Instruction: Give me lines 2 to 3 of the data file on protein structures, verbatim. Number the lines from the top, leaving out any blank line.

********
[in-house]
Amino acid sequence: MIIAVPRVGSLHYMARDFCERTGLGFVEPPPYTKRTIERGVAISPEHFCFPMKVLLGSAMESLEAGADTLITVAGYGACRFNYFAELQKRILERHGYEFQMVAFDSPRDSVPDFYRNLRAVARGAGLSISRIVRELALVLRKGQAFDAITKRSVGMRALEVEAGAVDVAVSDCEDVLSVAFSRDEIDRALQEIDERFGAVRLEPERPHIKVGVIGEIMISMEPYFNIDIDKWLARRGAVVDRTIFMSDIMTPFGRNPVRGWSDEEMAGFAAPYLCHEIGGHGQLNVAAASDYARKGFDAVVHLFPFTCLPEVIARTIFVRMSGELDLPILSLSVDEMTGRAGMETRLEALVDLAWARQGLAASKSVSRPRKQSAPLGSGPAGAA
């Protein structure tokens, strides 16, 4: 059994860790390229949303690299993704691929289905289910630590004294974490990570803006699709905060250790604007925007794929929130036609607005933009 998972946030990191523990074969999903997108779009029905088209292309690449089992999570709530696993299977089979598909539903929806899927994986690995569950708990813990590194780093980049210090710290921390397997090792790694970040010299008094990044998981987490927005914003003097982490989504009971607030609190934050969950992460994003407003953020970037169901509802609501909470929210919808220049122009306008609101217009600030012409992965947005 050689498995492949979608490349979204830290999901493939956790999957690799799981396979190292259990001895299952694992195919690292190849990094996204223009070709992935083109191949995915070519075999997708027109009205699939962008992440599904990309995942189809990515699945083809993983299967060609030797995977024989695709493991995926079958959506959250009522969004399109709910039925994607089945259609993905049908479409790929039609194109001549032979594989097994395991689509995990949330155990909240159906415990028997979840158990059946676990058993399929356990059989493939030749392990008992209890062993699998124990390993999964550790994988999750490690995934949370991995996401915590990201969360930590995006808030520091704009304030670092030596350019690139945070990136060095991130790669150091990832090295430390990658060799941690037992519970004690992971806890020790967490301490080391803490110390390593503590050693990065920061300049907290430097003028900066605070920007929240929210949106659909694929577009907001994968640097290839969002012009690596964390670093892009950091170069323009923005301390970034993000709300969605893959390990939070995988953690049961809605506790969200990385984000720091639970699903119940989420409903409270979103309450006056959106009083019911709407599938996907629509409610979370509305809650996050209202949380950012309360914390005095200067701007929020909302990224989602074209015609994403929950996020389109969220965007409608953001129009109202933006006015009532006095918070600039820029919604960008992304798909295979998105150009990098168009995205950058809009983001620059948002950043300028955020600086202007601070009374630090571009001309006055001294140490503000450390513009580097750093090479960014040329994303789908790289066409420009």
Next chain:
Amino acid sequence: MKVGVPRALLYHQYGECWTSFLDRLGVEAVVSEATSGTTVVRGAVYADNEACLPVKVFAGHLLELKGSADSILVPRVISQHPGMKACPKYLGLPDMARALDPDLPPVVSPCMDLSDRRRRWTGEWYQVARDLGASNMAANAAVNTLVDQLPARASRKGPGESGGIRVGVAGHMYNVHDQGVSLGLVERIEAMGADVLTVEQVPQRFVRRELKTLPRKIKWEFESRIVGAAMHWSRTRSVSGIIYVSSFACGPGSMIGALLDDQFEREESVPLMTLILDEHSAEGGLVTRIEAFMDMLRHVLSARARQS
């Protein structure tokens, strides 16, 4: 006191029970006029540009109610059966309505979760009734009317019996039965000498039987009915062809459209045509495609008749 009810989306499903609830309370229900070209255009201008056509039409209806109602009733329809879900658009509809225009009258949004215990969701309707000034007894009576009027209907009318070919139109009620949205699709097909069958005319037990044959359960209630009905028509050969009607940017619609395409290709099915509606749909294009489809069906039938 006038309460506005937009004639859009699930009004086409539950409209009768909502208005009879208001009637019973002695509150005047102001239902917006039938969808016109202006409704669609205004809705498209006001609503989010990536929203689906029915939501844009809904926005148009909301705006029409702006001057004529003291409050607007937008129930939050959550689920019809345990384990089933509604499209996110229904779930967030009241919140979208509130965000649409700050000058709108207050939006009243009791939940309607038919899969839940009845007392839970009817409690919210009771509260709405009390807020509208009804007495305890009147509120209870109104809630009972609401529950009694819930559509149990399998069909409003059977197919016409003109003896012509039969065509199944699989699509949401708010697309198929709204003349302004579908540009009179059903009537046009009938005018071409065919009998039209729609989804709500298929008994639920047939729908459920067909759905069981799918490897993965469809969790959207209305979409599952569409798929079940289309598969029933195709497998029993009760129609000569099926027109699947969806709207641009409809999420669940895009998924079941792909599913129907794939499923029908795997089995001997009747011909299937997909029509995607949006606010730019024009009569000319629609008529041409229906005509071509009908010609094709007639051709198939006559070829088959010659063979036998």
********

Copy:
Amino acid sequence: MIIAVPRVGSLHYMARDFCERTGLGFVEPPPYTKRTIERGVAISPEHFCFPMKVLLGSAMESLEAGADTLITVAGYGACRFNYFAELQKRILERHGYEFQMVAFDSPRDSVPDFYRNLRAVARGAGLSISRIVRELALVLRKGQAFDAITKRSVGMRALEVEAGAVDVAVSDCEDVLSVAFSRDEIDRALQEIDERFGAVRLEPERPHIKVGVIGEIMISMEPYFNIDIDKWLARRGAVVDRTIFMSDIMTPFGRNPVRGWSDEEMAGFAAPYLCHEIGGHGQLNVAAASDYARKGFDAVVHLFPFTCLPEVIARTIFVRMSGELDLPILSLSVDEMTGRAGMETRLEALVDLAWARQGLAASKSVSRPRKQSAPLGSGPAGAA
């Protein structure tokens, strides 16, 4: 059994860790390229949303690299993704691929289905289910630590004294974490990570803006699709905060250790604007925007794929929130036609607005933009 998972946030990191523990074969999903997108779009029905088209292309690449089992999570709530696993299977089979598909539903929806899927994986690995569950708990813990590194780093980049210090710290921390397997090792790694970040010299008094990044998981987490927005914003003097982490989504009971607030609190934050969950992460994003407003953020970037169901509802609501909470929210919808220049122009306008609101217009600030012409992965947005 050689498995492949979608490349979204830290999901493939956790999957690799799981396979190292259990001895299952694992195919690292190849990094996204223009070709992935083109191949995915070519075999997708027109009205699939962008992440599904990309995942189809990515699945083809993983299967060609030797995977024989695709493991995926079958959506959250009522969004399109709910039925994607089945259609993905049908479409790929039609194109001549032979594989097994395991689509995990949330155990909240159906415990028997979840158990059946676990058993399929356990059989493939030749392990008992209890062993699998124990390993999964550790994988999750490690995934949370991995996401915590990201969360930590995006808030520091704009304030670092030596350019690139945070990136060095991130790669150091990832090295430390990658060799941690037992519970004690992971806890020790967490301490080391803490110390390593503590050693990065920061300049907290430097003028900066605070920007929240929210949106659909694929577009907001994968640097290839969002012009690596964390670093892009950091170069323009923005301390970034993000709300969605893959390990939070995988953690049961809605506790969200990385984000720091639970699903119940989420409903409270979103309450006056959106009083019911709407599938996907629509409610979370509305809650996050209202949380950012309360914390005095200067701007929020909302990224989602074209015609994403929950996020389109969220965007409608953001129009109202933006006015009532006095918070600039820029919604960008992304798909295979998105150009990098168009995205950058809009983001620059948002950043300028955020600086202007601070009374630090571009001309006055001294140490503000450390513009580097750093090479960014040329994303789908790289066409420009």